Sheriff Tom Dart wants more restrictions for people on electronic monitoring

The Cook County sheriff is pushing to repeal a law that allows people on EM freedom for essential activities like grocery shopping.

Tom Dart
Cook County Sheriff Tom Dart speaking at a press conference, Thursday, Dec. 9, 2021 at Cook County Sheriffs Police headquarters in Maywood, IL. Anthony Vazquez / Chicago Sun-Times
Tom Dart
Cook County Sheriff Tom Dart speaking at a press conference, Thursday, Dec. 9, 2021 at Cook County Sheriffs Police headquarters in Maywood, IL. Anthony Vazquez / Chicago Sun-Times

Sheriff Tom Dart wants more restrictions for people on electronic monitoring

The Cook County sheriff is pushing to repeal a law that allows people on EM freedom for essential activities like grocery shopping.

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Cook County Sheriff Tom Dart is continuing his calls to repeal part of an Illinois law that gives people on electronic monitoring (EM) the ability to leave their houses two days a week so they can work, attend classes and purchase groceries. Advocates of the SAFE-T Act have argued that allowing some movement decreases instability in people’s lives while they await trial and, therefore, increases public safety in the long run. But Dart, who oversees electronic monitoring for the county, has argued the law creates a safety risk.

Electronic monitors can track where defendants are located, and Dart told county commissioners during yearly budget hearings on Wednesday that he has to “literally shut their machine off” during those 48 hours of “essential movement.” There is nothing in the SAFE-T Act that mandates Dart turn off machines or stop surveillance — the law only requires that people on EM have the ability to leave their house for essential tasks.

But Dart said there is no practical way for his office to surveil thousands of people on EM if they are allowed to move about the city on different days.

A spokesperson for Dart’s office said when people leave their homes, the sheriff’s office gets alerts that they have done so. That’s useful when someone is not allowed to leave their property, but is useless when people have permission.

In a written statement, Dart complained: “The practical effect of free movement is that alerts about the whereabouts of individuals are silenced and unmonitored during the hours that individuals are on free movement to avoid generating potentially millions of erroneous movement alerts each week.”

The machines, however, could still be used to supply information to law enforcement. Even if the alerts are turned off, the EM bracelet still tracks a person’s location. For example, if a suspect is accused of a carjacking, their bracelet could show if they were at that location.

Advocates argue that the law allowing movement is essential to respecting people’s human rights and correcting previous practices where people on electronic monitoring were prevented from doing essential tasks like getting food or attending funerals. Previously, people on EM could apply for permission to go to work or other key activities, but the system was beset by well-documented problems of denials, slow approvals and false alarms that could lead to incarceration.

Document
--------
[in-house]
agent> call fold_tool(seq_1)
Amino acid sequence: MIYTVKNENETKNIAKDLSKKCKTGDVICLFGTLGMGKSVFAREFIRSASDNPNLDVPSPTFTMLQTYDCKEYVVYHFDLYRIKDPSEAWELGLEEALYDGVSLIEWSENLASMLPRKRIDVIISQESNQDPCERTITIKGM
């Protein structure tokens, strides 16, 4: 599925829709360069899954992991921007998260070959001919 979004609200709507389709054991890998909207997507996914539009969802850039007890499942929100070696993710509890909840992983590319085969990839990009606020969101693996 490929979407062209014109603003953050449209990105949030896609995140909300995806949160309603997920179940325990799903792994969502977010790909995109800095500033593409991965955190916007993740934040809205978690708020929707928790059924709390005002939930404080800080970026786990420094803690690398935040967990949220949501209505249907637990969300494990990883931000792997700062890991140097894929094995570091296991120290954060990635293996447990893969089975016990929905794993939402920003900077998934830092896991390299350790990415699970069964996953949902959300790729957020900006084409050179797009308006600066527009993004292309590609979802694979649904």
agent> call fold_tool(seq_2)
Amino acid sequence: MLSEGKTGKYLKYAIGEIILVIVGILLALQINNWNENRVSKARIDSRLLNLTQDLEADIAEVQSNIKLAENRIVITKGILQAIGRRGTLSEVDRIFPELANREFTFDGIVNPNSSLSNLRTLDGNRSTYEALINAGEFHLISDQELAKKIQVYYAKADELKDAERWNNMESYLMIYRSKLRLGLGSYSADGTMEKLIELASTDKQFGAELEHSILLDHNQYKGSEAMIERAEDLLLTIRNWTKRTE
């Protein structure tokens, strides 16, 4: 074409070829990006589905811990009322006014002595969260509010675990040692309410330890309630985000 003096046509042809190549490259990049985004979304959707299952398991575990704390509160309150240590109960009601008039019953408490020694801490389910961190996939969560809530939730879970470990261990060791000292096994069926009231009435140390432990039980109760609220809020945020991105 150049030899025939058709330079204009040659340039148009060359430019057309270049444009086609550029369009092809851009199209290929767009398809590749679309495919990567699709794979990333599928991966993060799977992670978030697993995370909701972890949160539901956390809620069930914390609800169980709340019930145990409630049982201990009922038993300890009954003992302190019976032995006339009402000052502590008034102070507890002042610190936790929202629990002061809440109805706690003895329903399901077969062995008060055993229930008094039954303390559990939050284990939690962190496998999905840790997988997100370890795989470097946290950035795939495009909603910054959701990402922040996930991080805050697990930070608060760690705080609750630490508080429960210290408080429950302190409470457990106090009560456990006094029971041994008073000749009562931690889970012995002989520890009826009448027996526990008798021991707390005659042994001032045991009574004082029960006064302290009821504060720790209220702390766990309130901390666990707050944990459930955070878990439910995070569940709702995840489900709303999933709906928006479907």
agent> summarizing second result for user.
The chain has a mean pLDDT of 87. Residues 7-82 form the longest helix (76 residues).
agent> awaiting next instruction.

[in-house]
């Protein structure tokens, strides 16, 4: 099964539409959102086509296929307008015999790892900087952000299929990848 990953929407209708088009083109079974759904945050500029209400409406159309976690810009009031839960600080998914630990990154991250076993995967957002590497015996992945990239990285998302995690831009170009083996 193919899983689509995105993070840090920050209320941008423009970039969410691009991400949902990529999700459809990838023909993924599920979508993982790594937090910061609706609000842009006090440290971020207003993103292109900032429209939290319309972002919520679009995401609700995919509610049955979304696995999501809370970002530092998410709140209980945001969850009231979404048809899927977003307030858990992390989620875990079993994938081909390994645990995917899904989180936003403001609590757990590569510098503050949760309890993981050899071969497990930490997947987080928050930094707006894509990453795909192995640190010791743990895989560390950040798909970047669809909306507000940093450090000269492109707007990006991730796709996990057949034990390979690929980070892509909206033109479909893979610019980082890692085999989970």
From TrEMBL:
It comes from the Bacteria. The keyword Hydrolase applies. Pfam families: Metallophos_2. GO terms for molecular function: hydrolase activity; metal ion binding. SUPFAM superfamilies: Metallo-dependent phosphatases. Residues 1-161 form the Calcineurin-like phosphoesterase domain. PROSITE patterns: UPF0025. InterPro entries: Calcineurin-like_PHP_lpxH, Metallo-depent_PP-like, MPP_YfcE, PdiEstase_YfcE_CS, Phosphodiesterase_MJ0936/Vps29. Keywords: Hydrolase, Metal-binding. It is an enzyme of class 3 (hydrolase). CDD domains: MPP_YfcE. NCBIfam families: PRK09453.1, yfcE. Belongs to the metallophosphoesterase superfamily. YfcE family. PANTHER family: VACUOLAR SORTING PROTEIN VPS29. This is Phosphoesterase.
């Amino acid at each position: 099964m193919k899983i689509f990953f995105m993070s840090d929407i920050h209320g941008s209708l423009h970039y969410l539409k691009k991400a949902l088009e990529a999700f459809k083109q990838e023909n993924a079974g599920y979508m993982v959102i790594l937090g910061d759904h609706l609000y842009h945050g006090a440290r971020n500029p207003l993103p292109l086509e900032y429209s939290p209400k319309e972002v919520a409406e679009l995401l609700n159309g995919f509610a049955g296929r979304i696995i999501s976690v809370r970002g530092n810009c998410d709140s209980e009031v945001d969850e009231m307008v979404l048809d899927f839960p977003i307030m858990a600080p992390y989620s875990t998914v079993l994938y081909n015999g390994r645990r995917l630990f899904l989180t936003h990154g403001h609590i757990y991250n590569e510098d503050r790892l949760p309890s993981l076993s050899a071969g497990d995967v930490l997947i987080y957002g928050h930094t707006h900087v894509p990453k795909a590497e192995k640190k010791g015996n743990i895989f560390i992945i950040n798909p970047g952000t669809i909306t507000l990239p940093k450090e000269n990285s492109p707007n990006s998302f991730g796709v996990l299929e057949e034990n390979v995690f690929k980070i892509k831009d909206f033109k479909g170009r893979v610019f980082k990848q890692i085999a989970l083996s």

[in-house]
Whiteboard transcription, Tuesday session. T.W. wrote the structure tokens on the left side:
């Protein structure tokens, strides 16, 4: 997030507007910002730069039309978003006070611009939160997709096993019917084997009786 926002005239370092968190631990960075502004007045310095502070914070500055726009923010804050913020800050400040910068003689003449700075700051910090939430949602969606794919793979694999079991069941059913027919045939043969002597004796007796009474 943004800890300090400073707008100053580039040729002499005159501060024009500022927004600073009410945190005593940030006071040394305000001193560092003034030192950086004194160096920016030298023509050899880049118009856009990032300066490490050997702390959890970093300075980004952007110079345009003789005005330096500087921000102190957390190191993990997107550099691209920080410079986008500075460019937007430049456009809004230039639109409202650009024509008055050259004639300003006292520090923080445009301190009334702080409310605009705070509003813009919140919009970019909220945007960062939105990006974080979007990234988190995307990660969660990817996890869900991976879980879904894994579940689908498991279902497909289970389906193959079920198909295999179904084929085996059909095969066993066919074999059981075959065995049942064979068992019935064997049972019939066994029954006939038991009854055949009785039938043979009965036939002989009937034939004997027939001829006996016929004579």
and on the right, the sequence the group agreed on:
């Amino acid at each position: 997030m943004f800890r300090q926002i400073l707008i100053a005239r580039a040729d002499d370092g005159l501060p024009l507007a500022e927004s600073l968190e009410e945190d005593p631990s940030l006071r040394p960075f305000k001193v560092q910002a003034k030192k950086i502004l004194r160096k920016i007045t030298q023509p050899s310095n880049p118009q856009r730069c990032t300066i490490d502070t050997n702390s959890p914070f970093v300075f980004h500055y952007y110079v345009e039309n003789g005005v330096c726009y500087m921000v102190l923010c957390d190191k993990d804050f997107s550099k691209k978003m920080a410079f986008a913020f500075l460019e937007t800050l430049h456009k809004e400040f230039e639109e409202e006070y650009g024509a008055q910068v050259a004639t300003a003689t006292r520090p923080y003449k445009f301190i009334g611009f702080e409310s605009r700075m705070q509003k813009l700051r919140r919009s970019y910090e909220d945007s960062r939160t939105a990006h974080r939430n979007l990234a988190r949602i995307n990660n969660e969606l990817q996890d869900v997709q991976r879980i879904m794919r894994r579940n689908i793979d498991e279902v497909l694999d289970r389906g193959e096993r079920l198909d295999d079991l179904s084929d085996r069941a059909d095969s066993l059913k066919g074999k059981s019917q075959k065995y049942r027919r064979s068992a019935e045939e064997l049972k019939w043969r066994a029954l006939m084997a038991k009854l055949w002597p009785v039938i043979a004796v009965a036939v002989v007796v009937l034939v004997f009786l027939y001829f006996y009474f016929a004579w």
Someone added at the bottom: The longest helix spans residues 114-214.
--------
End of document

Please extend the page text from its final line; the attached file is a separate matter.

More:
Dart, who presents himself as a progressive, has raised the ire of some activist groups with his comments on electronic monitoring. He referred to people on EM as “violent” and said judges can release people without EM if they don’t believe monitoring is necessary. A report from the Chicago Appleseed Center for Fair Courts said nearly half the people on EM are charged with possessing a gun without a license, while another 29% were charged with property, vehicle or drug crimes.

The Coalition to End Money Bond, an organization pushing for the elimination of money in jailing decisions, accused Dart of engaging in “the same racist fear-mongering tactics being used by MAGA conservatives,” referencing a misinformation campaign about the SAFE-T Act.

The most controversial piece of the law has not been the electronic monitoring provisions, but changes to bail reform. Under the new law, judges will no longer require anyone to pay money bail to get out of jail while they await their trial. Instead, judges will make decisions about who is locked up based on their offense and whether they are deemed a flight risk or a safety threat.

Law enforcement officials across the state have raised concerns that the change will mean more people are released from jail and put communities in danger, while proponents of the bill have said it will actually make communities safer by forcing courts to focus on the most serious crimes.

At Wednesday’s hearing, Dart said the bail provisions in the SAFE-T Act were unlikely to have a huge effect on the jail’s population because Cook County has already made big changes to bail practices that have allowed a large number of people to leave the jail without paying cash.

Shannon Heffernan is a reporter on WBEZ’s Criminal Justice Desk. Follow her at @shannon_h. Email her at sheffernan@wbez.org.